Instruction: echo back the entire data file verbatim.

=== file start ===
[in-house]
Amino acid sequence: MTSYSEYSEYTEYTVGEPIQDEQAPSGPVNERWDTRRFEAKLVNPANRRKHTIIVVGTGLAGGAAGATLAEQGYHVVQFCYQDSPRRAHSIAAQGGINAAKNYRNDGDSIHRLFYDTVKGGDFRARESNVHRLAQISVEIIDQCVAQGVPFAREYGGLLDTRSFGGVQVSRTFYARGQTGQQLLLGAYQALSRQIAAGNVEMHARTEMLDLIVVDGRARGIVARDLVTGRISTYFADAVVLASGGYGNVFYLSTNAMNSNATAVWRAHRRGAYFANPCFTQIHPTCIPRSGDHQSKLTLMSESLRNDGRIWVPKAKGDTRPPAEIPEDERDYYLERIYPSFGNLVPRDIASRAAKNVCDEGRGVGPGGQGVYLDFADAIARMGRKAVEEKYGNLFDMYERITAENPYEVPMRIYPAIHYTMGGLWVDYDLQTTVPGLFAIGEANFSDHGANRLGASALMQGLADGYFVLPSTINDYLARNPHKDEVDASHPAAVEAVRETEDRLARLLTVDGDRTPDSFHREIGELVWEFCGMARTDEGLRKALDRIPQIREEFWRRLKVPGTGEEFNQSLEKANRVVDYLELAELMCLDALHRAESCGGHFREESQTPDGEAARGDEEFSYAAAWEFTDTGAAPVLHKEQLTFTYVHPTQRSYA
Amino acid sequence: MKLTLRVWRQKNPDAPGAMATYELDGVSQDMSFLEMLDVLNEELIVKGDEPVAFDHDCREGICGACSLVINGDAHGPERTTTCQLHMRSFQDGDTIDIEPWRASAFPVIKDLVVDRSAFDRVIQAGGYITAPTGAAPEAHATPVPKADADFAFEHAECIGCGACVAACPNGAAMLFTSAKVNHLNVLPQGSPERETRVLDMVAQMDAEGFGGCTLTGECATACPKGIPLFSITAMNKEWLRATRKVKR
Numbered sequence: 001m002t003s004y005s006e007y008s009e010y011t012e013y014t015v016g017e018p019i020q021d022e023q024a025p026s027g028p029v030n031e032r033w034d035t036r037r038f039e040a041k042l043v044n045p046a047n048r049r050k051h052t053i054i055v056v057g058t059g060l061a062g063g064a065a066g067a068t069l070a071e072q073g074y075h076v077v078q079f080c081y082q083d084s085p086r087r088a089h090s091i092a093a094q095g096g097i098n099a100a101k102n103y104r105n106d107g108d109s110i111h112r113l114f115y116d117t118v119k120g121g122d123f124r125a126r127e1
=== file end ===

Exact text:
[in-house]
Amino acid sequence: MTSYSEYSEYTEYTVGEPIQDEQAPSGPVNERWDTRRFEAKLVNPANRRKHTIIVVGTGLAGGAAGATLAEQGYHVVQFCYQDSPRRAHSIAAQGGINAAKNYRNDGDSIHRLFYDTVKGGDFRARESNVHRLAQISVEIIDQCVAQGVPFAREYGGLLDTRSFGGVQVSRTFYARGQTGQQLLLGAYQALSRQIAAGNVEMHARTEMLDLIVVDGRARGIVARDLVTGRISTYFADAVVLASGGYGNVFYLSTNAMNSNATAVWRAHRRGAYFANPCFTQIHPTCIPRSGDHQSKLTLMSESLRNDGRIWVPKAKGDTRPPAEIPEDERDYYLERIYPSFGNLVPRDIASRAAKNVCDEGRGVGPGGQGVYLDFADAIARMGRKAVEEKYGNLFDMYERITAENPYEVPMRIYPAIHYTMGGLWVDYDLQTTVPGLFAIGEANFSDHGANRLGASALMQGLADGYFVLPSTINDYLARNPHKDEVDASHPAAVEAVRETEDRLARLLTVDGDRTPDSFHREIGELVWEFCGMARTDEGLRKALDRIPQIREEFWRRLKVPGTGEEFNQSLEKANRVVDYLELAELMCLDALHRAESCGGHFREESQTPDGEAARGDEEFSYAAAWEFTDTGAAPVLHKEQLTFTYVHPTQRSYA
Amino acid sequence: MKLTLRVWRQKNPDAPGAMATYELDGVSQDMSFLEMLDVLNEELIVKGDEPVAFDHDCREGICGACSLVINGDAHGPERTTTCQLHMRSFQDGDTIDIEPWRASAFPVIKDLVVDRSAFDRVIQAGGYITAPTGAAPEAHATPVPKADADFAFEHAECIGCGACVAACPNGAAMLFTSAKVNHLNVLPQGSPERETRVLDMVAQMDAEGFGGCTLTGECATACPKGIPLFSITAMNKEWLRATRKVKR
Numbered sequence: 001m002t003s004y005s006e007y008s009e010y011t012e013y014t015v016g017e018p019i020q021d022e023q024a025p026s027g028p029v030n031e032r033w034d035t036r037r038f039e040a041k042l043v044n045p046a047n048r049r050k051h052t053i054i055v056v057g058t059g060l061a062g063g064a065a066g067a068t069l070a071e072q073g074y075h076v077v078q079f080c081y082q083d084s085p086r087r088a089h090s091i092a093a094q095g096g097i098n099a100a101k102n103y104r105n106d107g108d109s110i111h112r113l114f115y116d117t118v119k120g121g122d123f124r125a126r127e1